ACT CMB School
The intent of this course is to familiarize those new to the CMB with the basic concepts of its simulation and analysis. Topics covered include: simulation of the CMB and astrophysical sources (point sources and SZ-clusters), instrument modeling, power spectrum analysis, matched filter techniques, analysis of archival data, CMB polarization, CMB lensing, time domain simulation, maximum likelihood mapmaking, and parameter estimation.
The course is presented as a series of interactive sessions which follow Jupyter Python Notebooks which contain relevant code and text. Below you will find descriptions of each of the 10 modules and links to GitHub which will allow you to view the notebooks. If you wish to work with the code the notebooks can be downloaded from GitHub here. These notebooks run on python 3 using only standard libraries such as numpy and matplotlib. We recommend Anacond Python. We are preparing a version of this code to run online in Binder, but it is not yet ready for prime time.
The notenbooks were written by Jeff McMahon, Renee Hlozek, Mat Madhavacheril, Sigurd Naess, and Alex Van Engelen.
instructors: Jo Dunkley, Renee Hlozek, Jeff McMahon, Mat Madhavacheril, Alex van Engelen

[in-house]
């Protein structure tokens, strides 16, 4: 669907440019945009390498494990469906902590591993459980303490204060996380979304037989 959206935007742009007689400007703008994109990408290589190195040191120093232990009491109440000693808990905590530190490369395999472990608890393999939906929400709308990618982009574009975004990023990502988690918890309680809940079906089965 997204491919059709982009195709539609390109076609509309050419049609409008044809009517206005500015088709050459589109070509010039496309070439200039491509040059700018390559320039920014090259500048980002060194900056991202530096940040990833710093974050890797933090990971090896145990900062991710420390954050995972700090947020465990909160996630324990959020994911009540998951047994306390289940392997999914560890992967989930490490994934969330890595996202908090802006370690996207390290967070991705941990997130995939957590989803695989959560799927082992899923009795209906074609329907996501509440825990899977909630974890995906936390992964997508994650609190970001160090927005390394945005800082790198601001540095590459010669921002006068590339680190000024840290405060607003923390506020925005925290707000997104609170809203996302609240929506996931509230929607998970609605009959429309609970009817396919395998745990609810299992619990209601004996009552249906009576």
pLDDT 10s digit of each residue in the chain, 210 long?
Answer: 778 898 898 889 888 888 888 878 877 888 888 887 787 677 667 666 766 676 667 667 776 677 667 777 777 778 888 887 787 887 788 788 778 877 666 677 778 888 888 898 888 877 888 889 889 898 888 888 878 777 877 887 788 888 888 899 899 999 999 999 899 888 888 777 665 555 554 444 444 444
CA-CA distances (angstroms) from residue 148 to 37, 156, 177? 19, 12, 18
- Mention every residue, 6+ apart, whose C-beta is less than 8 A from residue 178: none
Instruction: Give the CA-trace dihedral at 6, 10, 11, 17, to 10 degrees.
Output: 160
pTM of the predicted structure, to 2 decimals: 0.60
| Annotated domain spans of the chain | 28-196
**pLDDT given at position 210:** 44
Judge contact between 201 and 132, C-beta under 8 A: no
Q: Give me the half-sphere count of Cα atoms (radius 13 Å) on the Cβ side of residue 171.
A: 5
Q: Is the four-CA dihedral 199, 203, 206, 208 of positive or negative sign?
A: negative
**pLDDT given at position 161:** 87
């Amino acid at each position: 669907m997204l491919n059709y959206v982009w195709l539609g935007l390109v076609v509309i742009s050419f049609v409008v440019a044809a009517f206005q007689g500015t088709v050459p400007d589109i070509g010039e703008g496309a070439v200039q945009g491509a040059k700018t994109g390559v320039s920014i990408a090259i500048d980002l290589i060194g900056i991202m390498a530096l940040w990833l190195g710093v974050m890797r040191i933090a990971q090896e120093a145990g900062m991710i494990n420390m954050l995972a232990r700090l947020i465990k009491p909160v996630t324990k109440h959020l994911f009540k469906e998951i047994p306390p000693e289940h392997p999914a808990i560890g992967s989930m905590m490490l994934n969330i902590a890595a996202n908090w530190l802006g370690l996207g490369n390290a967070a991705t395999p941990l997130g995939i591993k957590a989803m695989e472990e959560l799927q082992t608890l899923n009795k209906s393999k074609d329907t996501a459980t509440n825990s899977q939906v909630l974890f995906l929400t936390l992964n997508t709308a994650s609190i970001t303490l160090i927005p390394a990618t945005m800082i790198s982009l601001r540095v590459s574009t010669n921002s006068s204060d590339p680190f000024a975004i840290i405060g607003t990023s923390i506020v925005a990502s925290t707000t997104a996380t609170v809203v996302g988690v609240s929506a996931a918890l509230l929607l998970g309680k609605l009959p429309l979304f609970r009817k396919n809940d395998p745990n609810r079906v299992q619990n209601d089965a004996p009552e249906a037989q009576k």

instructors: Renee Hlozek, Jeff McMahon
La Serena 2015
instructors: Jeff McMahon (as part of the La Serena data science summer school)
In this module you will learn to simulate realizations of the CMB starting from a theoretical power spectrum.
In this module you learn to simulate maps of point sources and SZ clusters starting from statistical distributions and a cluster profile.
In this module you learn to estimate the power spectrum and its error bars starting from a map and knowledge about the instrument.
In this module you learn to find cluster and point source candidates using the matched filter technique.
In this module you simulate maps of the CMB's polarization including TE correlation, and work with B-mode estimators that minimize E-B leakage.